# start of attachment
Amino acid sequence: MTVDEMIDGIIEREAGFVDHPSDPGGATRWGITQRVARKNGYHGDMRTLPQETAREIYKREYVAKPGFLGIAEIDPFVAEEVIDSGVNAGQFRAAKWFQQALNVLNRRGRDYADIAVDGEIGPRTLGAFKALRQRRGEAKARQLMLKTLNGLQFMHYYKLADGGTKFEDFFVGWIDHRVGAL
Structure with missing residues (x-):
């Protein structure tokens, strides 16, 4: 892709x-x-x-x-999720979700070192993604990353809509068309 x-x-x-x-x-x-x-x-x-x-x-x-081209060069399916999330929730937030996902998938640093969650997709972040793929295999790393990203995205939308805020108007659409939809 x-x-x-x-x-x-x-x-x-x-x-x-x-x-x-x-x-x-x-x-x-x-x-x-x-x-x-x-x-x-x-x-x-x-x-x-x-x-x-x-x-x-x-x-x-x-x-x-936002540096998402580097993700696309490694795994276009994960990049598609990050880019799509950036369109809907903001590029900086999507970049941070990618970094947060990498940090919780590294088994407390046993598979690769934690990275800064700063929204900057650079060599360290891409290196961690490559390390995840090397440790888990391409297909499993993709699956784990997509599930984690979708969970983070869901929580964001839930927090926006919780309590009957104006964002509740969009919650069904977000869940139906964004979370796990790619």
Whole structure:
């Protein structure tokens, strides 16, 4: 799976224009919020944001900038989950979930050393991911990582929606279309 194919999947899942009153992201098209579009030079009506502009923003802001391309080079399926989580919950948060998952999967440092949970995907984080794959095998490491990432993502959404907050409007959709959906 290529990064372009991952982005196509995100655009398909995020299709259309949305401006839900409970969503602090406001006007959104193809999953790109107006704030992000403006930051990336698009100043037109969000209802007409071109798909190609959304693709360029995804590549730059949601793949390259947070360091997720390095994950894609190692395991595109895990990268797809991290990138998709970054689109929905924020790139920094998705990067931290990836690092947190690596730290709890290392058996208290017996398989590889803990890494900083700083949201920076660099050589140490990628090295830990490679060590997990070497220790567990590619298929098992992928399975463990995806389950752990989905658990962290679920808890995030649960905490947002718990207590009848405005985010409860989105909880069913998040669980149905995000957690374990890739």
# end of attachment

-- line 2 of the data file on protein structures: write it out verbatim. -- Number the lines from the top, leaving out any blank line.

Structure with missing residues (x-):